Thallium(I) chloride

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Thallium(I) chloride
CsCl polyhedra.png
Thallium(I) chloride.jpg
IUPAC names
Thallium monochloride
Thallium(I) chloride
Other names
Thallous chloride
3D model (JSmol)
ECHA InfoCard 100.029.311
Molar mass 239.836 g/mol[1]
Appearance white, odorless crystalline solid[1]
Density 7.0 g/cm3[1]
Melting point 431 °C (808 °F; 704 K)[1]
Boiling point 720 °C (1,328 °F; 993 K)[1]
3.3 g/L (25 °C)[1]
Solubility insoluble in alcohol[1]
−57.8·10−6 cm3/mol[2]
2.247 (0.59 µm)
2.198 (0.75 µm)
2.145 (1 µm)
1.891 (5 µm)
2.193 (20 µm)[3]
CsCl, cP2
Pm3m, No. 221[4]
a = 0.38416 nm
0.0567 nm3
Cubic (Tl+)
Cubic (Cl)
Safety data sheet
Very toxic (T+)
Dangerous for the environment (N)
R-phrases (outdated) R26/28, R33, R51/53
S-phrases (outdated) (S1/2), S13, S28, S45, S61
Lethal dose or concentration (LD, LC):
24 mg/kg, oral, mouse
Related compounds
Other anions
Thallium(I) fluoride
Thallium(I) bromide
Thallium(I) iodide
Other cations
Thallium(III) chloride
Silver(I) chloride
Lead(II) chloride
Except where otherwise noted, data are given for materials in their standard state (at 25 °C [77 °F], 100 kPa).
N verify (what is YesYN ?)
Infobox references

Thallium(I) chloride, also known as thallous chloride, is a chemical compound with the formula TlCl. This colourless solid is an intermediate in the isolation of thallium from its ores. Typically, an acidic solution of thallium(I) sulfate is treated with hydrochloric acid to precipitate insoluble thallium(I) chloride. This solid crystallizes in the caesium chloride motif.[5]

The low solubility of TlCl is exploited in chemical synthesis: treatment of metal chloride complexes with TlPF6, gives the corresponding metal hexafluorophosphate derivative. The resulting TlCl precipitate is separated by filtration of the reaction mixture. The overall methodology is similar to the use of AgPF6, except that Tl+ is much less oxidizing.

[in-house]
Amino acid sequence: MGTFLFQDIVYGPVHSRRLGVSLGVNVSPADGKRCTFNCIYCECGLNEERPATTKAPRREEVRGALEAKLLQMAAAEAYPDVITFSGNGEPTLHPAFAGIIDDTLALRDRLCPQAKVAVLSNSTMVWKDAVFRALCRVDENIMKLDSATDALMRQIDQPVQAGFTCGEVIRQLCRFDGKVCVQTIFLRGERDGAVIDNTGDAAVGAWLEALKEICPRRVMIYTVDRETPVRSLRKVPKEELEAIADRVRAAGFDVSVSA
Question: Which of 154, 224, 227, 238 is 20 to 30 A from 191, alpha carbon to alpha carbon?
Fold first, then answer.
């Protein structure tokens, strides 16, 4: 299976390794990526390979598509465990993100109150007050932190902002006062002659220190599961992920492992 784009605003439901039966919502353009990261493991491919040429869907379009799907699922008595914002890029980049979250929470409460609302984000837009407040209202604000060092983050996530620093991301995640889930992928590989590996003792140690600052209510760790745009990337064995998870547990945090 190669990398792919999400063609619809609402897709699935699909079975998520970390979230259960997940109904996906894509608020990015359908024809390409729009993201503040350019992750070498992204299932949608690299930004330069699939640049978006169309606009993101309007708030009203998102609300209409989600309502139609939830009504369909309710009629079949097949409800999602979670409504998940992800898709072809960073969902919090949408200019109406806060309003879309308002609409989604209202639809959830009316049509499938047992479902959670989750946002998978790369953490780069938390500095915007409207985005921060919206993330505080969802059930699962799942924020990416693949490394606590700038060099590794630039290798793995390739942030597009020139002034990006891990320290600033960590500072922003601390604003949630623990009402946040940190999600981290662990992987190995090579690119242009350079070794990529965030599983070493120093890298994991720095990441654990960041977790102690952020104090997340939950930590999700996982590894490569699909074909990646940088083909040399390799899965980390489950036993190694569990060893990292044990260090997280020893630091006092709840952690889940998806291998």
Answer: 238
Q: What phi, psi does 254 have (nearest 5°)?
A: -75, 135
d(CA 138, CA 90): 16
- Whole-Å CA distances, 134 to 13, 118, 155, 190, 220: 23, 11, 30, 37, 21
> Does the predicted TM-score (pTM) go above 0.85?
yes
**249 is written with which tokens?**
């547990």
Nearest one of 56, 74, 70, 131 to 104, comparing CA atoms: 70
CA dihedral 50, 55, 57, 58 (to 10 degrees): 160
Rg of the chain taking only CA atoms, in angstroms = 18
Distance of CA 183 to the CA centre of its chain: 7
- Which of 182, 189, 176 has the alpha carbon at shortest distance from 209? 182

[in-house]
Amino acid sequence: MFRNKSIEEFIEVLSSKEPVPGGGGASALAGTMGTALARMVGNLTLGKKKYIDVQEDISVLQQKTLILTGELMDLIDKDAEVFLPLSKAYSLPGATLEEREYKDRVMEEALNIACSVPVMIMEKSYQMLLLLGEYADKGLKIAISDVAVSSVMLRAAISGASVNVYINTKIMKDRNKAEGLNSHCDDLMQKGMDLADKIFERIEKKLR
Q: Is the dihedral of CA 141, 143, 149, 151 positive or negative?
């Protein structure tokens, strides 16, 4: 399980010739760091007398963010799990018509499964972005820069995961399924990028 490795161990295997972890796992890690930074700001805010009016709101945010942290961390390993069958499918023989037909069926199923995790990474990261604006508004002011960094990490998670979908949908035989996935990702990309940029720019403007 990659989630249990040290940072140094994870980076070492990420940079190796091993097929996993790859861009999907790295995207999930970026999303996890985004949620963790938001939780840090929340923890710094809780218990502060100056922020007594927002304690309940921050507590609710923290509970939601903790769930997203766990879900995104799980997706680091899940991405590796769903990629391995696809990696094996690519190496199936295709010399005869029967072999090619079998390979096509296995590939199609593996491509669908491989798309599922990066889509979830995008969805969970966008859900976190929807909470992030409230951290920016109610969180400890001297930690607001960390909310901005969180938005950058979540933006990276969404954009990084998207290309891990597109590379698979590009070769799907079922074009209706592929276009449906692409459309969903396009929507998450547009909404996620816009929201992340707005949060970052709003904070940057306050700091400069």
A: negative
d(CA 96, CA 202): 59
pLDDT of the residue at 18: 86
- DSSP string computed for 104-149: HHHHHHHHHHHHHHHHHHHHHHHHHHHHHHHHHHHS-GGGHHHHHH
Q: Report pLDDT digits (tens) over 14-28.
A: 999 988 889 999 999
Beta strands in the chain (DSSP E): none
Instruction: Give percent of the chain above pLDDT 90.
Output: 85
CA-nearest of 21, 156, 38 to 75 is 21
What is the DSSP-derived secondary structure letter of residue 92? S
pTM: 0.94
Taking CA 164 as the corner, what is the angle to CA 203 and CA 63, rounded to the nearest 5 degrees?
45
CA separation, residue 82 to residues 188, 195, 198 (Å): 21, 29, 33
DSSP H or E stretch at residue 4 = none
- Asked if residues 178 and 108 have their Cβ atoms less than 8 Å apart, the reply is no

The crystalline structure is of cubic caesium chloride type at room temperature, but it lowers to the orthorhombic thallium iodide type upon cooling, the transition temperature being likely affected by the impurities.[6] Nanometer-thin TlCl films grown on KBr substrates exhibit a rocksalt structure, while the films deposited on mica or NaCl are of the regular CsCl type.[7]

A very rare mineral lafossaite, Tl(Cl,Br), is a natural form of thallium(I) chloride.[8]

Thallium(I) chloride, like all thallium compounds, is highly toxic, although its low solubility limits its toxicity.[9]


  1. ^ a b c d e f g Haynes, p. 4.94
  2. ^ Haynes, p. 4.135
  3. ^ Haynes, p. 10.242
  4. ^ Müürsepp, T.; Haav, A. (1974). "X-ray diffraction study of the systems TlI-CsI, TlI-RbI, and TlI-Tl Cl". Physica Status Solidi (a). 21 (2): K81. doi:10.1002/pssa.2210210251. 
  5. ^ Holleman, A. F.; Wiberg, E. Inorganic Chemistry. Academic Press: San Diego, 2001. ISBN 0-12-352651-5.
  6. ^ Blackman, M; Khan, I H (1961). "The Polymorphism of Thallium and Other Halides at Low Temperatures". Proceedings of the Physical Society. 77 (2): 471. doi:10.1088/0370-1328/77/2/331. 
  7. ^ Schulz, L. G. (1951). "Polymorphism of cesium and thallium halides". Acta Crystallographica. 4 (6): 487. doi:10.1107/S0365110X51001641. 
  8. ^ Lafossaite.
  9. ^ Thallium Chloride Material Safety Data Sheet.

Cited sources[edit]